Technically, a Cinemagraph is just a GIF or a Graphics Interchange Format, which is a bitmap image format that supports animation. Cinemagraphs, however, are more sophisticated.
The term "cinemagraph" was coined by U.S. photographers Kevin Burg and Jamie Beck, who used the technique to animate their fashion and news photographs beginning in early 2011. However, in December 2014, the United States Trademark and Patents Office awarded the trademark for the term "cinemagraph" to Flixel Photos Inc., a Canadian software manufacturer.
Getting the Shot
Now that we’ve defined what a Cinemagraph is; let’s get into the nuts and bolts construction of the thing. So you have an idea and you already know that you want a cinemagraph of a model with blinking eyes; now we have to bring it to life! The following is a step by step on how to do that.
- Camera that shoots video
- Tripod or Stand
- Scene with model and or props
- Computer with photo and video editing software
First, you have to set up your scene properly. Choose your location and subject(s) and or props. Keep in mind what you want to move and what you want to remain still.
For our example, choose a solid background and have the model sit a few feet in front to create some separation, add lighting if necessary. Now frame the upper half of the face and head so it looks like the model is popping up from below the camera lens.
Set your camera to record at your preferred settings, for this example shoot 720p or 1080p at 24fps. Choose a format that is supported by your photo/video software program. Photoshop supports .AVI and .MOV formats. If your camera only records in .MXF or a proprietary format, you will likely have to convert your footage before importing it to your editing software. You will only have to record 10-20 seconds of footage.
Direct your model to stare at the camera and blink according to your idea. If done correctly, the background should not change and the model should not move anything except the blinking eyes. Playback may seem like you’ve achieved your goal; but when making a cinemagraph you’re really just getting started.
Now connect to your computer and save files to a local folder and then import your footage by opening your software program, Photoshop for us, and go to: File>Import>Video Frames to Layers. A pop up window gives me the option to import the entire file into frames or just a selected portion of the file. Try to keep the total number of frames in your project to a minimum. If you’re doing a 5 second clip, about 100 frames will be good. Naturally, the more frames, the more smoothly the animation will playback. For artistic purposes, less can actually be more. Having a slight twitch is a stylizing choice that many artists use to recreate old film projector style clips, etc. To begin working with the clip, choose “import selected portion” and click on “Make Frame Animation” option and hit OK. Now you have a project with layers!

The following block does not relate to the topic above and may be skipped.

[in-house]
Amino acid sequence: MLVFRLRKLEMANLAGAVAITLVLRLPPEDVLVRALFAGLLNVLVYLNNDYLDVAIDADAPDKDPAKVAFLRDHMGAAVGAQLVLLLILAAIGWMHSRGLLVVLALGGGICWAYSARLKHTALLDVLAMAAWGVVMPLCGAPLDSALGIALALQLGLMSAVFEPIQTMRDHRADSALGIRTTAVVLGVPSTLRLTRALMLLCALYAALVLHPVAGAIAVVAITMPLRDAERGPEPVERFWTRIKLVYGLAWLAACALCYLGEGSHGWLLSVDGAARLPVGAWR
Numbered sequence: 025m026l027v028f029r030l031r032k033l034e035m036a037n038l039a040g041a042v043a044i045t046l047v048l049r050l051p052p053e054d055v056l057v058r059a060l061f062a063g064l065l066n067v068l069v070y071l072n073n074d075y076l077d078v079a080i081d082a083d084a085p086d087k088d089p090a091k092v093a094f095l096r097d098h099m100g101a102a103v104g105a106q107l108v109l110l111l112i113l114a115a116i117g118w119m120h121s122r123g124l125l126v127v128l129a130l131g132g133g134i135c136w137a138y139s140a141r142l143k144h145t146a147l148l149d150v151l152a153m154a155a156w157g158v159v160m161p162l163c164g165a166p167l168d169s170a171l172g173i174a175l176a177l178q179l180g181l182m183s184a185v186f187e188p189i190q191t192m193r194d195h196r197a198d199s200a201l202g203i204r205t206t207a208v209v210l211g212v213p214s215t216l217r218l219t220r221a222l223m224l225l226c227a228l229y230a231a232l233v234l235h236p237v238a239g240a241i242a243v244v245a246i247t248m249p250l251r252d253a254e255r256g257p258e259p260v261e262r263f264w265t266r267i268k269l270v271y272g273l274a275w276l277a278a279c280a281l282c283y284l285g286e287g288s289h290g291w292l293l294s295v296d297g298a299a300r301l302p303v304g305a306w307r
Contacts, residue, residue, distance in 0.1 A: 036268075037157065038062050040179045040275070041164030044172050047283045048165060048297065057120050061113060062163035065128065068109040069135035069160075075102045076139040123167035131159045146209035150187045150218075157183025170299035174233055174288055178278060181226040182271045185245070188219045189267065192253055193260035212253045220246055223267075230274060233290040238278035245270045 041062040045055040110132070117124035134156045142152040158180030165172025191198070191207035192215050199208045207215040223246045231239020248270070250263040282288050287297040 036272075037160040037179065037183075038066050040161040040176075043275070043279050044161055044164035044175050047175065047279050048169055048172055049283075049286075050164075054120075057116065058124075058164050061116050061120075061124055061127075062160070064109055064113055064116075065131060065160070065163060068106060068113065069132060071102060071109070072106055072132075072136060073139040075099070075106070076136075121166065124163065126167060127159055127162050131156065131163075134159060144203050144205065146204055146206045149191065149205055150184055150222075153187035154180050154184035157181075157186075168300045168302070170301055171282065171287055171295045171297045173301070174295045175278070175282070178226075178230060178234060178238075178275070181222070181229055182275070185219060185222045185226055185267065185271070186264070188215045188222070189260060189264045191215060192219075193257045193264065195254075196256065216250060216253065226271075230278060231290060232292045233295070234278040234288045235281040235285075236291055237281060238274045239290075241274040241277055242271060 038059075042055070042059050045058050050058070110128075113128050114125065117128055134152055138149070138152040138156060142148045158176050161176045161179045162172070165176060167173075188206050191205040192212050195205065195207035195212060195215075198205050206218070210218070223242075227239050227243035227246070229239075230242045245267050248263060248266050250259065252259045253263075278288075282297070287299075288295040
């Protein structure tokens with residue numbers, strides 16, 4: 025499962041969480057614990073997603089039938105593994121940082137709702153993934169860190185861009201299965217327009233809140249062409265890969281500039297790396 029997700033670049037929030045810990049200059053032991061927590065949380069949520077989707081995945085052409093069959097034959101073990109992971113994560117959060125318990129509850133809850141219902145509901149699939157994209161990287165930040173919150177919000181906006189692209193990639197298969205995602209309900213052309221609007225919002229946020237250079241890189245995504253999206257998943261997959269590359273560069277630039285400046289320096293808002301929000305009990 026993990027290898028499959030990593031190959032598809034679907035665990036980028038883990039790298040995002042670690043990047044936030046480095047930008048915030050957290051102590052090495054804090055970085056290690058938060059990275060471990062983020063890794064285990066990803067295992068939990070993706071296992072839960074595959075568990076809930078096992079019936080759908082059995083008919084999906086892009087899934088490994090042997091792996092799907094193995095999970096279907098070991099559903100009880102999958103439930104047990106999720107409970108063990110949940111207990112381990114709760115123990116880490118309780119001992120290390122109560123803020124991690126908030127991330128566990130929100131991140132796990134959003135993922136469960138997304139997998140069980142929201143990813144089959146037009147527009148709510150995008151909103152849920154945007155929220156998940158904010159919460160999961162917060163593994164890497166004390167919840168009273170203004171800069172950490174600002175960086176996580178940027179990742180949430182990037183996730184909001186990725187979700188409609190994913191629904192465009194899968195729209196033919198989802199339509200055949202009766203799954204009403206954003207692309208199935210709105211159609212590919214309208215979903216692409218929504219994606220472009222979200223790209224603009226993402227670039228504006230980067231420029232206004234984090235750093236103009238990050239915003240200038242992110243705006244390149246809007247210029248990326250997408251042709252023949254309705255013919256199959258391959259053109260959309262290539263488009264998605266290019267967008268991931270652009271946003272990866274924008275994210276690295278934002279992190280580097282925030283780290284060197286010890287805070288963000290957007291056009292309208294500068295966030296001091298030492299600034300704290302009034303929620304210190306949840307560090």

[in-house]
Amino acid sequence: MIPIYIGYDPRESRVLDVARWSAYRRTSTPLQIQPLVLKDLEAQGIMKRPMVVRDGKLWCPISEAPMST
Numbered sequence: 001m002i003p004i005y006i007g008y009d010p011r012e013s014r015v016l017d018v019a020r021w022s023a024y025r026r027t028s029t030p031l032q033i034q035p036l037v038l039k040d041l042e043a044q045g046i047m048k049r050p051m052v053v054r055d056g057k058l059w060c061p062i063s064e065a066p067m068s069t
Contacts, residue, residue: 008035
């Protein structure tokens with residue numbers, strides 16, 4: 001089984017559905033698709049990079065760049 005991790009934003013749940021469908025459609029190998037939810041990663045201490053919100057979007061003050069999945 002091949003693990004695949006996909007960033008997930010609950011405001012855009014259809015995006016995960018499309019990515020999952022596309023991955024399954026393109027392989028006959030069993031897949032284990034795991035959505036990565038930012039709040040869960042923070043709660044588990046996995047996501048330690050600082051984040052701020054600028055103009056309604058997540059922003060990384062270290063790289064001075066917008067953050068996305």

Go to window>timeline on the menu bar and you will be able to view your layers as frames in a timeline. These frames are linked to the layers panel, so keep this in mind while editing! Now choose the frames by sliding up and down the timeline to find your “action” sequence.
For my example I deleted all but 12 frames out of the 155 I started with. Because it’s going to loop you don’t actually need 100 frames as mentioned before. Photoshop numbers the layers and places the last frame on top. Once you choose your frames, delete the rest from your timeline and layers panel respectively; it may cause playback issues if you don’t. From your selected frames, choose last one (see figure 1), duplicate it and name it as your alpha layer, not alpha channel, duplicate it and set it at the top of all the layers in the panel. This is the layer that will control the other layers and remain still throughout the animation.
On the alpha layer, create a mask around the blinking eyes, as this is the only part of your project that will be moving, you are isolating the rest of the image by masking (figure 2). If your model didn’t sway and you locked off your camera correctly, your remaining frames should match your alpha layer perfectly. Set the playback to loop forever and hit play on the timeline and review your work. Here is where you will fine tune your animation by deleting frames, etc. You can subsequently resize, add effects, color correction and other custom art to your Cinemagraph.
Finally, go to File>save for web and devices and choose the .GIF format. A pop up window will allow you to choose further settings and playback your animation. You should also save as a .PSD file so you can come back and edit the original composition for future use.
And just like that; you now have a Cinemagraph to share in memes and websites, forever!